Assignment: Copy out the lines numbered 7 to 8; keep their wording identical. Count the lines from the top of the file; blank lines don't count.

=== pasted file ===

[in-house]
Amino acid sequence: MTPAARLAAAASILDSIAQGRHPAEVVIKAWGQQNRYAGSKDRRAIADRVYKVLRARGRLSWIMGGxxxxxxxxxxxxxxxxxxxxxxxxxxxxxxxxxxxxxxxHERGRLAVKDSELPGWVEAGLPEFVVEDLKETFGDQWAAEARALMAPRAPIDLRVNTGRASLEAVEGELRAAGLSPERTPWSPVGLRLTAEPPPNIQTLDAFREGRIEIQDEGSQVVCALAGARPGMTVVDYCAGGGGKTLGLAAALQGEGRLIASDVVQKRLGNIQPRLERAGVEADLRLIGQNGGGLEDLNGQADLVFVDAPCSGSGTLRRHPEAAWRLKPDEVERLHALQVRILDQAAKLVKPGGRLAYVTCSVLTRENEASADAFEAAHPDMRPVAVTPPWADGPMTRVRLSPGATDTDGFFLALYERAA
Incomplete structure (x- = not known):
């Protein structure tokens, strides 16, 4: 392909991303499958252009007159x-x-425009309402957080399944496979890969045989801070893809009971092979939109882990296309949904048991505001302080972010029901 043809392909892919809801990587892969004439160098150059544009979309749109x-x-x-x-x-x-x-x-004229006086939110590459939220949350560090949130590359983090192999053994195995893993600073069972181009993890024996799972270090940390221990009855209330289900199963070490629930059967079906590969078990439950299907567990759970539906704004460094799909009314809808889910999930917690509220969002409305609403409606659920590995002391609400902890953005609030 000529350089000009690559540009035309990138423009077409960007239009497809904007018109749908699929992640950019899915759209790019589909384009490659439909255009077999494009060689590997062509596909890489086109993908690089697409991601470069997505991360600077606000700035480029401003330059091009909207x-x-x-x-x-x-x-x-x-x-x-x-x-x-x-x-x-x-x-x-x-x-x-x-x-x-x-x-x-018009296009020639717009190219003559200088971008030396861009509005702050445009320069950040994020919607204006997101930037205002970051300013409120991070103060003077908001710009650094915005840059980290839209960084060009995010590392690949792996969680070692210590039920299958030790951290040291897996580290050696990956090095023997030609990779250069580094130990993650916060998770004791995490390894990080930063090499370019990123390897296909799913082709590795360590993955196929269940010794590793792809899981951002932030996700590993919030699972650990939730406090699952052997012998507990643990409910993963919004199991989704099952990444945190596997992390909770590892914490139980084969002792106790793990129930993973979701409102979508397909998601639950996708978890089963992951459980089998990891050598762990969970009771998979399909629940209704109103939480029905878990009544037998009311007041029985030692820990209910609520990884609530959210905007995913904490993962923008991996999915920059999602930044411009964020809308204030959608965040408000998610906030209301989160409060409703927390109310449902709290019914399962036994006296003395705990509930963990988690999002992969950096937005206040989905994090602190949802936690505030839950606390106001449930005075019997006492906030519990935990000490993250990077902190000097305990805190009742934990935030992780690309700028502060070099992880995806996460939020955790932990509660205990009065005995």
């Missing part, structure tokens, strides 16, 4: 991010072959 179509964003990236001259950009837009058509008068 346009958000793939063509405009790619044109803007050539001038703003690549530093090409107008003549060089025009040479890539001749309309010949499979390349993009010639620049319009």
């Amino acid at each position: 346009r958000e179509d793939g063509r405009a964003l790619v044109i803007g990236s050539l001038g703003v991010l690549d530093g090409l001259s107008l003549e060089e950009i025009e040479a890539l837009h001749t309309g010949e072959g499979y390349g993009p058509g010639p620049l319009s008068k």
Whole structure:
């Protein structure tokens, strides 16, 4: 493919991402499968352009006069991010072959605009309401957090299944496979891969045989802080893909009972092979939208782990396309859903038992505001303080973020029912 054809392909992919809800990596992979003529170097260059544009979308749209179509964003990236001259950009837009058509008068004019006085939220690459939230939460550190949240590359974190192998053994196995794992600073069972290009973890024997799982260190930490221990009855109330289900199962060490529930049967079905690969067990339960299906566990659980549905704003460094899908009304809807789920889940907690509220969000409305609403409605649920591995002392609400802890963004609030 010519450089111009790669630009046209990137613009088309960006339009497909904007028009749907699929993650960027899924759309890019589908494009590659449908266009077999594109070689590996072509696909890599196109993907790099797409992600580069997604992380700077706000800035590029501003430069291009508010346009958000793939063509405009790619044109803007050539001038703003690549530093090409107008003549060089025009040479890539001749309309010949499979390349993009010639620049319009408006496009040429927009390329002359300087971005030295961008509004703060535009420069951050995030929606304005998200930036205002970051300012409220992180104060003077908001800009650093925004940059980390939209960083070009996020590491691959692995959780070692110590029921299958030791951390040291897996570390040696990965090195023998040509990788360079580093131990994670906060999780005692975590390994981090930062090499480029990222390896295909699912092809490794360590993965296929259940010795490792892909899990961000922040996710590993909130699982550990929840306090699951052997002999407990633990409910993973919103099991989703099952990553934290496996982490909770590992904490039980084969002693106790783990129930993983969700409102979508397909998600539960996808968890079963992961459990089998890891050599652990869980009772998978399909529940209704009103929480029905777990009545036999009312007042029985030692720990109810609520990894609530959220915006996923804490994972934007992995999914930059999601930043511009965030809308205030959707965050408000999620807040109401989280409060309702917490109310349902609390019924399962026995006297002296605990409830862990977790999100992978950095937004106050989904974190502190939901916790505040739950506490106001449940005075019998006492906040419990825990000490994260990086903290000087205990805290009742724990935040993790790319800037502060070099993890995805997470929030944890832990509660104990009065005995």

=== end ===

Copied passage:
Whole structure:
């Protein structure tokens, strides 16, 4: 493919991402499968352009006069991010072959605009309401957090299944496979891969045989802080893909009972092979939208782990396309859903038992505001303080973020029912 054809392909992919809800990596992979003529170097260059544009979308749209179509964003990236001259950009837009058509008068004019006085939220690459939230939460550190949240590359974190192998053994196995794992600073069972290009973890024997799982260190930490221990009855109330289900199962060490529930049967079905690969067990339960299906566990659980549905704003460094899908009304809807789920889940907690509220969000409305609403409605649920591995002392609400802890963004609030 010519450089111009790669630009046209990137613009088309960006339009497909904007028009749907699929993650960027899924759309890019589908494009590659449908266009077999594109070689590996072509696909890599196109993907790099797409992600580069997604992380700077706000800035590029501003430069291009508010346009958000793939063509405009790619044109803007050539001038703003690549530093090409107008003549060089025009040479890539001749309309010949499979390349993009010639620049319009408006496009040429927009390329002359300087971005030295961008509004703060535009420069951050995030929606304005998200930036205002970051300012409220992180104060003077908001800009650093925004940059980390939209960083070009996020590491691959692995959780070692110590029921299958030791951390040291897996570390040696990965090195023998040509990788360079580093131990994670906060999780005692975590390994981090930062090499480029990222390896295909699912092809490794360590993965296929259940010795490792892909899990961000922040996710590993909130699982550990929840306090699951052997002999407990633990409910993973919103099991989703099952990553934290496996982490909770590992904490039980084969002693106790783990129930993983969700409102979508397909998600539960996808968890079963992961459990089998890891050599652990869980009772998978399909529940209704009103929480029905777990009545036999009312007042029985030692720990109810609520990894609530959220915006996923804490994972934007992995999914930059999601930043511009965030809308205030959707965050408000999620807040109401989280409060309702917490109310349902609390019924399962026995006297002296605990409830862990977790999100992978950095937004106050989904974190502190939901916790505040739950506490106001449940005075019998006492906040419990825990000490994260990086903290000087205990805290009742724990935040993790790319800037502060070099993890995805997470929030944890832990509660104990009065005995």